“And they feel as though they're less comfortable as retirement approaches with this volatility, where they really could learn from the younger generations by just investing through the volatility and being rewarded more handsomely in time.”

Think differently for bigger payoffs

Changes to traditional approaches to finances are part of everyday life for Gen Z.

McDonald says that looking beyond convention ”goes to the very core of what [Gen Z’ers] are. A little bit more risk taking… I think it's forming those biases that should be malleable, rather than being a permanent state.”

Disruption is a symptom of the gig economy that permeates Gen Z’s lives. “Disruption” refers to changes in the traditional way of doing business, such as the way Airbnb added new competition for hotels.

“There's lots of choices,” notes McDonald, adding that disruption “is like a permanent thing that's occurring.”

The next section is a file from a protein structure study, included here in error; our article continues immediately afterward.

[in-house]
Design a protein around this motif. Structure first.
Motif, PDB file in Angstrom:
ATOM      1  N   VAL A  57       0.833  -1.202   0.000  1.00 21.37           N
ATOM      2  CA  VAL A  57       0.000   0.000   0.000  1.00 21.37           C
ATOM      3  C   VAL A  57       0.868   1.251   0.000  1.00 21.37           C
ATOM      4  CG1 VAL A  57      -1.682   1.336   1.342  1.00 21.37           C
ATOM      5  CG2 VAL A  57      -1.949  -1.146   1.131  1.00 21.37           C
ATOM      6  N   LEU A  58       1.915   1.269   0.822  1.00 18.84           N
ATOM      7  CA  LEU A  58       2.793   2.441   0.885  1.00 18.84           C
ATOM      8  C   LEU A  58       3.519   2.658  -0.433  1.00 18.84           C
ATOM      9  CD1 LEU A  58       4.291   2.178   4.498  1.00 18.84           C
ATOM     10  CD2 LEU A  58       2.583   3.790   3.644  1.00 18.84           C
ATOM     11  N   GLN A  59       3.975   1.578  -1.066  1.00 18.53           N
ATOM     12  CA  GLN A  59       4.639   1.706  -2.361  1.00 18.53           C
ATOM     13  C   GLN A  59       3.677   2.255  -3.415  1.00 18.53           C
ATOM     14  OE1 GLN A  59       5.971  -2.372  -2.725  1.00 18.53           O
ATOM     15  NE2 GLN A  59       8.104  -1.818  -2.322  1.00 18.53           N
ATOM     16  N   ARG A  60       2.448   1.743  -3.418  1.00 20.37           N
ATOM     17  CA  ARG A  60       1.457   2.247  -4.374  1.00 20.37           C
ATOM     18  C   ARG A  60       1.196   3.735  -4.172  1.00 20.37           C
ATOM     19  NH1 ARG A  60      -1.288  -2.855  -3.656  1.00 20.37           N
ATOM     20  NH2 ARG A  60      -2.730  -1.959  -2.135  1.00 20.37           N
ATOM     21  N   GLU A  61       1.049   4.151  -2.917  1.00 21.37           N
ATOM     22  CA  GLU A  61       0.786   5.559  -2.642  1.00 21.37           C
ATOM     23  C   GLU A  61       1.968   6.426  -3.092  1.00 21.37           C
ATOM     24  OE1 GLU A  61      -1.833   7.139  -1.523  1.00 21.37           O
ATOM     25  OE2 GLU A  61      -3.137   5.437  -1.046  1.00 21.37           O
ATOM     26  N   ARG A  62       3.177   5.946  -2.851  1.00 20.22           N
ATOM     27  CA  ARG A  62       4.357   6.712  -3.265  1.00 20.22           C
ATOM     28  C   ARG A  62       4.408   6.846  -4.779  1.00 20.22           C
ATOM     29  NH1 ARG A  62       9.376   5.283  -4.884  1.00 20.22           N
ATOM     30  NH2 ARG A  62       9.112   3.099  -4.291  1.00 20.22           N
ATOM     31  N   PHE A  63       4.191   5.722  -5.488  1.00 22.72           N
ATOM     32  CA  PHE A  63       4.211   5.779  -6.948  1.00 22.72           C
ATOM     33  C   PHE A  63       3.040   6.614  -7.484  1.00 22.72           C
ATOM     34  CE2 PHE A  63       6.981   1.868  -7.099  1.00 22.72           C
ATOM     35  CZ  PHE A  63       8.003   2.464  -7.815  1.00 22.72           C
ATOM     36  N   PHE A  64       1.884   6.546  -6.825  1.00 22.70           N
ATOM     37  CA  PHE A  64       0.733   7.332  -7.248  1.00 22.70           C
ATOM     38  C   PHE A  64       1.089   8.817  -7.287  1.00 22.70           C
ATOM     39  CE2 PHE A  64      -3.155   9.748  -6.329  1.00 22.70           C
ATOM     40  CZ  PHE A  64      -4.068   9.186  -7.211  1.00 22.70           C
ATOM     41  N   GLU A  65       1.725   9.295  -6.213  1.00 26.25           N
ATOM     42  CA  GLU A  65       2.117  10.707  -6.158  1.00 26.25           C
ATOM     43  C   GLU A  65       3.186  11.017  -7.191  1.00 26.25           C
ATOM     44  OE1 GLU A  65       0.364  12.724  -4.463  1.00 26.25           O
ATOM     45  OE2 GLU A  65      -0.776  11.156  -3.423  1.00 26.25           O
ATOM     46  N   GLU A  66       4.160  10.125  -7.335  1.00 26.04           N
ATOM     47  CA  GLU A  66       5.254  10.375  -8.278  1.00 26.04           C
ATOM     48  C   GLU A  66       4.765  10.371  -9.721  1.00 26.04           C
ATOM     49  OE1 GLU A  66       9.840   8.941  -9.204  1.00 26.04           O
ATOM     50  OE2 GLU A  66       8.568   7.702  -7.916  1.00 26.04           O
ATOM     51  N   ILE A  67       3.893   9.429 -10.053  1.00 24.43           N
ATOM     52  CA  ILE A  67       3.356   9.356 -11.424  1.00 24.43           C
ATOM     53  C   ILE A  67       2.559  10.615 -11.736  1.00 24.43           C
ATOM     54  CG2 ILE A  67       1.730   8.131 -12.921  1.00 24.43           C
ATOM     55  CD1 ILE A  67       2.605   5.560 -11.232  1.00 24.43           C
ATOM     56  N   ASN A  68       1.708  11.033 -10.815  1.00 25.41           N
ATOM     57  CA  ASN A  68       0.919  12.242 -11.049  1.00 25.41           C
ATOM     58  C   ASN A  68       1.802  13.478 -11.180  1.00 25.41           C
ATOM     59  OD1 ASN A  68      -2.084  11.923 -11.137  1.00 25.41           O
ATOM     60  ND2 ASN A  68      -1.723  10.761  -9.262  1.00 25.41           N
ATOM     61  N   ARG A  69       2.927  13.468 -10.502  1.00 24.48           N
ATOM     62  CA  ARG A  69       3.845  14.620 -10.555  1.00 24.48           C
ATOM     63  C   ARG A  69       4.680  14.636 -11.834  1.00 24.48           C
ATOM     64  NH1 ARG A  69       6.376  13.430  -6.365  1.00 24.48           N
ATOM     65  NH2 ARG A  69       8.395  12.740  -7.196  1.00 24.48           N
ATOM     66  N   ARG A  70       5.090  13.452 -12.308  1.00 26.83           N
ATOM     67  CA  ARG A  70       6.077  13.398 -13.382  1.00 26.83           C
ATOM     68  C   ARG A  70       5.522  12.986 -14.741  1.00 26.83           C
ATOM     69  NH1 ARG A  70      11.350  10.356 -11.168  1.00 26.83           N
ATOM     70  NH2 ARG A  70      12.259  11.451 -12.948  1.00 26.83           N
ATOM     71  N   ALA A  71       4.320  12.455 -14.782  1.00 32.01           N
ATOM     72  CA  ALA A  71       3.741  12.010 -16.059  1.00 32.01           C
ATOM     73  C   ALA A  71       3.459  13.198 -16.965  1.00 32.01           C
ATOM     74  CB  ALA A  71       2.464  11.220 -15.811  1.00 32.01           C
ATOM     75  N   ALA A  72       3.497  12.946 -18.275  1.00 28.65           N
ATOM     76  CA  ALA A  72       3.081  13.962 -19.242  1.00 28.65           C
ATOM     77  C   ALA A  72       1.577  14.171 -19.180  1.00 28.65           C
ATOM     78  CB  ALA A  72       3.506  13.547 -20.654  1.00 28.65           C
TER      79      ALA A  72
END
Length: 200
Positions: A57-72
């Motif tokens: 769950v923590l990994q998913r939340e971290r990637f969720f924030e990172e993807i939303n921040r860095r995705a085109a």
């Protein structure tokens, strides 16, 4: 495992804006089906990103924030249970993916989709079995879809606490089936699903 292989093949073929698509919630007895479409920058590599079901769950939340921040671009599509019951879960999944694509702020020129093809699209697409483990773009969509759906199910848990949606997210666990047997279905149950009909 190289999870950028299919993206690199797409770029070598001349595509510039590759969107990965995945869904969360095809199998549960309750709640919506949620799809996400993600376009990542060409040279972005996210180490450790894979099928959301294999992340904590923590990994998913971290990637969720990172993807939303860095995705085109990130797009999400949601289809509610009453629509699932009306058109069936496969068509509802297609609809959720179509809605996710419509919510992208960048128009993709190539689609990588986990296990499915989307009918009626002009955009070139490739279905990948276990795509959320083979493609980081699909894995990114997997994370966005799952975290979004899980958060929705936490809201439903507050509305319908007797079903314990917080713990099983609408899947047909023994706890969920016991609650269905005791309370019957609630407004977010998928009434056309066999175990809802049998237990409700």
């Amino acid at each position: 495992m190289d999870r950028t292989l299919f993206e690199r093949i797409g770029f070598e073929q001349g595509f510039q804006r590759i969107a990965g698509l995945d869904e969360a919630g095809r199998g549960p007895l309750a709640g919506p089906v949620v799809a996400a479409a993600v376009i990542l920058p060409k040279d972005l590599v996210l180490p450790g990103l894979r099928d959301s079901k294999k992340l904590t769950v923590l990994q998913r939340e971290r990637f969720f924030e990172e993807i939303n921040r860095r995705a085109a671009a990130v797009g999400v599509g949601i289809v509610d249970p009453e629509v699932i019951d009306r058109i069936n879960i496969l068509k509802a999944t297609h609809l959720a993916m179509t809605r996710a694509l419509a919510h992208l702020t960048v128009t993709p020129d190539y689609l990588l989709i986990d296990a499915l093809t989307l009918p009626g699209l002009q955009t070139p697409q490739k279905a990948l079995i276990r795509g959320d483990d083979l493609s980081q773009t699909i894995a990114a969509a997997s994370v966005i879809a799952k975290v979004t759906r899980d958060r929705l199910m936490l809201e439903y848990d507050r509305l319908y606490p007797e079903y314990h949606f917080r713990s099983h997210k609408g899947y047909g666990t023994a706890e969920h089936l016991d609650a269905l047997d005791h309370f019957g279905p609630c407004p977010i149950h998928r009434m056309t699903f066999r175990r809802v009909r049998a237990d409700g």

“Look at what you're doing, or when you look at an opportunity, can it be disrupted?” advises McDonald. “Can you double down and reinvest in it?”

McDonald notes that Gen Z is still interested in traditional companies to invest in, but also want to explore alternative avenues. For instance, in Q4 2021, Tesla was the top stock held by gen Z’ers, while shares in companies like Roblox and Meta Platforms Inc. rose in popularity.

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Pay attention to the world around you and ask questions

“There is value in listening,” says McDonald. “I love interacting with Gen Z's for that.”

Gen Z has grown up with technology and change all around them, and have come to embrace a certain healthy paranoia.

McDonald recognizes this, commenting that “understanding innovation, and the fact that innovation is very important” is key to recognizing investment opportunities, such as the rise of Uber.

“You don't want to become obsolete.”

When it comes to investing, Dziedziejko observes that “the savviness of these individuals is much more elevated than I had seen years ago.”